NASA's Artemis 3 astronaut moon landing unlikely before 2027, GAO report finds

astronauts stand beneath a giant white rocket on the surface of the moon
Artist’s rendering of the SpaceX Starship human landing system (HLS) being developed for NASA's Artemis 3 mission. (Image credit: NASA)

The Artemis 3 mission, which is now tentatively scheduled to fly in December 2025, may have to wait until at least 2027.

NASA's endeavor to return humans to the moon for the first time since the Apollo program with the Artemis 3 mission will likely be delayed because it is jeopardized by "multiple challenges" and an ambitious schedule, the U.S. Government Accountability Office announced Thursday (Nov. 30). 

Based on interviews with NASA and industry officials and reviewing documentation, the GAO reported it found a significant amount of pending technical work on the human landing system or HLS, a variant of SpaceX's Starship and NASA's mode of transport to the moon's surface. Also remaining is crucial design work to incorporate larger oxygen tanks into the space suits that would be used by astronauts on the moon, the report stated.

Related: SpaceX Starship problems likely to delay Artemis 3 moon mission to 2026, NASA says

The HLS will use up its propellant reservoir just getting into orbit, so it will need to be refueled before heading to the moon. As per the current plan, a multi-step effort would see a Starship fuel depot placed in orbit first, followed by multiple tankers to transfer methane and liquid oxygen into that depot so that it is fully refueled before going to the moon.

Headquartered at the Marshall Space Flight Center in Alabama, the HLS program is still officially working toward a December 2025 launch, and aiming to complete its development in a total of 79 months — about a year sooner than the average for major NASA projects, most of which don't involve human spaceflight. But GAO says that timeline is unlikely since complex technical work remains, including figuring out how to transfer propellant in orbit for which "SpaceX has made limited progress in maturing those technologies."

The HLS program and SpaceX have delayed eight out of 13 key milestones by six months to a year, causing two of the postponed milestones to now take place in 2025, the same year as the currently scheduled Artemis 3 launch. If the HLS lander development takes on average as much time as other major projects at NASA, the Artemis 3 mission would occur in early 2027, the report stated.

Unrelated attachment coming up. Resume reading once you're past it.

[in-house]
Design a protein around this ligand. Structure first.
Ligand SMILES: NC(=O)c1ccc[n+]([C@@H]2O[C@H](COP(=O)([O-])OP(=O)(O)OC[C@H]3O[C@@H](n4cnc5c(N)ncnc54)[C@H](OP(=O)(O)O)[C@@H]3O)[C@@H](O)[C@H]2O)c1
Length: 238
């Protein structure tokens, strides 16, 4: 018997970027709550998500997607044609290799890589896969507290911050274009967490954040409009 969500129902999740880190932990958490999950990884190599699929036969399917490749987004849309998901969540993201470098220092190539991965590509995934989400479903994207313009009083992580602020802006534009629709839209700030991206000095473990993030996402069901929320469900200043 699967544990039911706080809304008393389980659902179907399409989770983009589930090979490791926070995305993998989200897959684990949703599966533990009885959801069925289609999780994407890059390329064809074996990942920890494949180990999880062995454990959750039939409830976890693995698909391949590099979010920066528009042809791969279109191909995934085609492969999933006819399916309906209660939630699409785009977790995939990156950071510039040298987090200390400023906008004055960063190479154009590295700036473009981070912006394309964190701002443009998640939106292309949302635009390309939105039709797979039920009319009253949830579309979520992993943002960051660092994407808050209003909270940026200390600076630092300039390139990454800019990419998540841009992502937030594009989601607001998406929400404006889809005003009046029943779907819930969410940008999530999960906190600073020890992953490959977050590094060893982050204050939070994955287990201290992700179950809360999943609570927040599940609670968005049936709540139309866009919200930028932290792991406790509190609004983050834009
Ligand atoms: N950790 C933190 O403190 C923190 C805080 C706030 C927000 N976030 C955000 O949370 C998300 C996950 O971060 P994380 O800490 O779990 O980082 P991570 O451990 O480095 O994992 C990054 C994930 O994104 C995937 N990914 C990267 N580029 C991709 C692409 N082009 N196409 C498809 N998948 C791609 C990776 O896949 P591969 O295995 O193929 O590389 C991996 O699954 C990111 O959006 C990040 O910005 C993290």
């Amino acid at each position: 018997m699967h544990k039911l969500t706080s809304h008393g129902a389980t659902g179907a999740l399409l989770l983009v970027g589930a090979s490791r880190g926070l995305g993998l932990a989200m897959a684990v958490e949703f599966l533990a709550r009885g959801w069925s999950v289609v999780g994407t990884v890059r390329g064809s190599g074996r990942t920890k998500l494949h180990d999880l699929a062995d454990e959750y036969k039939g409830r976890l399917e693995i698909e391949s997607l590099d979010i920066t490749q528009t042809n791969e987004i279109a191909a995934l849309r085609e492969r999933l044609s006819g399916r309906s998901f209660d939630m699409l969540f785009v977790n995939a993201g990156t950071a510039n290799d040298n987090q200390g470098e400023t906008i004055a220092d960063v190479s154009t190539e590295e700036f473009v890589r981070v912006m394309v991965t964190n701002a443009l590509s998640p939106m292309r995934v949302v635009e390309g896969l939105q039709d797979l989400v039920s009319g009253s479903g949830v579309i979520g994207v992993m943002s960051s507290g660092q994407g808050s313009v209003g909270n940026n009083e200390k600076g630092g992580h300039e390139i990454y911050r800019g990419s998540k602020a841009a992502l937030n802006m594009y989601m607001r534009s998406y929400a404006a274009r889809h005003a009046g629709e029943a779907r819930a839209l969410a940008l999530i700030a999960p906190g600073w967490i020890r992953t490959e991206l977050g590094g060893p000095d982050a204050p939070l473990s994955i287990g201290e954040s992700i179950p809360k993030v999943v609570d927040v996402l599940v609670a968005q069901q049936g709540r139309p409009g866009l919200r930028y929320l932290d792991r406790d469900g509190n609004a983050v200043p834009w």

For that launch timeline to be met though, a second pressing concern related to a design change in space suits being developed by Axiom Space must be resolved. Earlier this year, the company unveiled a prototype of the suit, which it would rent to NASA for the Artemis moon landing missions. So far, Axiom has completed two milestones in work related to developing the space suits but they are still in the early development phases, the latest GAO report said.

Much of the pending work appears to be related to the suit design. NASA requires Axiom to develop a suit that can provide 60 minutes of emergency life support, but "NASA's original design did not provide the minimum amount of emergency life support needed for the Artemis 3 mission," according to the report.

So Axiom now plans to rearrange components of the space suit such that it can accommodate larger oxygen tanks but if that's not possible, it will need to alter the current design which would take more time.

If NASA officially delays the launch date for Artemis 3 to 2027, it would end up being one year sooner than its original goal of 2028. The Trump administration in 2019 had set a timeline of 2024, which NASA eventually pushed out to the current launch estimate in December 2025. 

But even NASA found that 2025 date to be optimistic; in June 2023, agency leadership pointed out that delays with HLS/Starship development made it unlikely that Artemis 3 would be able to meet that timeline.

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Sharmila Kuthunur contributor

Sharmila Kuthunur is a Seattle-based science journalist covering astronomy, astrophysics and space exploration. Follow her on X @skuthunur.